School officials in Cleveland are concerned with chronic student tardiness. Just over 24 percent of elementary students were late more than 15 days during the 2006-07 school year. By high school, it’s more than 41 percent, reports Cleveland.com
Tardiness is epidemic in the district, with double-digit percentages of students showing up late at some schools on any given day. School board members want to put an end to what they see as a casual attitude toward education, not only among children but also by parents seen dropping them off well after what are typically 8 a.m. starts.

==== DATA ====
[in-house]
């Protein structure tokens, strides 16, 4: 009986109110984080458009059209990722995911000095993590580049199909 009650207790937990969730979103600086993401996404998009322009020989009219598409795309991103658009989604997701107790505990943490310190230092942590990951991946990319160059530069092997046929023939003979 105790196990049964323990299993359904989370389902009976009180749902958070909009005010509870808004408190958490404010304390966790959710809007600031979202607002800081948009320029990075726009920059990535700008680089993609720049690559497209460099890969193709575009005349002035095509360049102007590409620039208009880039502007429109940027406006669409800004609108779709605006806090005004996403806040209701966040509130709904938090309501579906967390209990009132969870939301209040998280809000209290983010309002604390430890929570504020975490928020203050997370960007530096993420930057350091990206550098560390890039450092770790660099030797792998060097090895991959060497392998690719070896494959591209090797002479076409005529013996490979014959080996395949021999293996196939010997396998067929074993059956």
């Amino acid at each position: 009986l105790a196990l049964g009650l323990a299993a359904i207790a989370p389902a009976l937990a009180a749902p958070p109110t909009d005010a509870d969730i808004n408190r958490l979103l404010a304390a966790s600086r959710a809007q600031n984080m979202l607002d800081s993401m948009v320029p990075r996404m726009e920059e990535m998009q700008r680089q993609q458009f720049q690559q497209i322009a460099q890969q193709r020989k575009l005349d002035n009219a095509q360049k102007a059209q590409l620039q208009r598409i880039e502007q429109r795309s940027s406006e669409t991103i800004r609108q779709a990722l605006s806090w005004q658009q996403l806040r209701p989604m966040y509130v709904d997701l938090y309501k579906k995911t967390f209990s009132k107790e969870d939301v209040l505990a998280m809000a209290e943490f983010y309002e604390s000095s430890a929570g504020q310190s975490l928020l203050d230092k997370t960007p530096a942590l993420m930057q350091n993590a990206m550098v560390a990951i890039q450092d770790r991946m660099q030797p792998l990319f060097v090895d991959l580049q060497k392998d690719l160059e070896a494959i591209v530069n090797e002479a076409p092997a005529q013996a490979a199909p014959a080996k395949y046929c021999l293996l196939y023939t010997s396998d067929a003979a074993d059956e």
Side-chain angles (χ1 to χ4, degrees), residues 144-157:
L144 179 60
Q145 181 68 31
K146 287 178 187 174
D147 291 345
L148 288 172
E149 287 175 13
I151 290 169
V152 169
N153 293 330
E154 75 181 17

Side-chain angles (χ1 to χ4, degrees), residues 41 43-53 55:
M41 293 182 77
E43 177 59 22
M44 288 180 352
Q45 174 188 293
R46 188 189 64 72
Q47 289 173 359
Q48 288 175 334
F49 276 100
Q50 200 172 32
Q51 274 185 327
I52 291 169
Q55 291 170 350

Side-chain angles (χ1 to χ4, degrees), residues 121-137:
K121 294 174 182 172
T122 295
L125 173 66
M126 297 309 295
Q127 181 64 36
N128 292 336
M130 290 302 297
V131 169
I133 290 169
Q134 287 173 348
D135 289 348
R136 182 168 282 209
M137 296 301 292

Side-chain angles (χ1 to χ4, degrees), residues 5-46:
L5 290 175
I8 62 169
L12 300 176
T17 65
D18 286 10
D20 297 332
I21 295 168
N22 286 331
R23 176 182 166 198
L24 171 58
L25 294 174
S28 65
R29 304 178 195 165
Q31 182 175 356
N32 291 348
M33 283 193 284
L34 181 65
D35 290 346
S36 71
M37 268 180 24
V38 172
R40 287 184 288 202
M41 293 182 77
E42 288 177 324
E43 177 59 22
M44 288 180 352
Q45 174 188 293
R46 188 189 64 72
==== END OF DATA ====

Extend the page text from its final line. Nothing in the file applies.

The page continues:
Some blame not lax attitudes, but children seeing younger siblings off to school for working single parents, long walks and rides on multiple public buses in a district that limits transportation. Metal detectors at the schools also may prevent students from getting to class on time.
At the city’s John Marshall High School, tardiness continues despite detentions, phone calls to parents and other strategies to curb it, says Principal Rhonda Saegert. She reminds the students that they would be fired from their jobs for being late. “A lot of times I will hear, ‘But this is not my job,’” Saegert says “I say, ‘You need to treat it as if it were your job.’